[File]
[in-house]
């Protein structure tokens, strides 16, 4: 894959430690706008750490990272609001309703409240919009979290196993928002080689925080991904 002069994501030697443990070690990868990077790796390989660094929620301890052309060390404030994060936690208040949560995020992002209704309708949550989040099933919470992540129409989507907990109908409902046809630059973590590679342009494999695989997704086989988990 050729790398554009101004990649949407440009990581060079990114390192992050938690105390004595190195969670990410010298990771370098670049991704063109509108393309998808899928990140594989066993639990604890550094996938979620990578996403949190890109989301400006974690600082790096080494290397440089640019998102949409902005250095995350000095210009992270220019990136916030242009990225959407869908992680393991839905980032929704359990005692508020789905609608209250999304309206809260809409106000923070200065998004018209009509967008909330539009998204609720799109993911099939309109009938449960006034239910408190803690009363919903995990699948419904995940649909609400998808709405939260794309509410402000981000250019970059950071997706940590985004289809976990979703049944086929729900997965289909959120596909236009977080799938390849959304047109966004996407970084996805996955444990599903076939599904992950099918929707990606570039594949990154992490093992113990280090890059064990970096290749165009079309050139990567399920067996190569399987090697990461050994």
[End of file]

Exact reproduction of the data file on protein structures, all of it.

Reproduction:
[in-house]
């Protein structure tokens, strides 16, 4: 894959430690706008750490990272609001309703409240919009979290196993928002080689925080991904 002069994501030697443990070690990868990077790796390989660094929620301890052309060390404030994060936690208040949560995020992002209704309708949550989040099933919470992540129409989507907990109908409902046809630059973590590679342009494999695989997704086989988990 050729790398554009101004990649949407440009990581060079990114390192992050938690105390004595190195969670990410010298990771370098670049991704063109509108393309998808899928990140594989066993639990604890550094996938979620990578996403949190890109989301400006974690600082790096080494290397440089640019998102949409902005250095995350000095210009992270220019990136916030242009990225959407869908992680393991839905980032929704359990005692508020789905609608209250999304309206809260809409106000923070200065998004018209009509967008909330539009998204609720799109993911099939309109009938449960006034239910408190803690009363919903995990699948419904995940649909609400998808709405939260794309509410402000981000250019970059950071997706940590985004289809976990979703049944086929729900997965289909959120596909236009977080799938390849959304047109966004996407970084996805996955444990599903076939599904992950099918929707990606570039594949990154992490093992113990280090890059064990970096290749165009079309050139990567399920067996190569399987090697990461050994």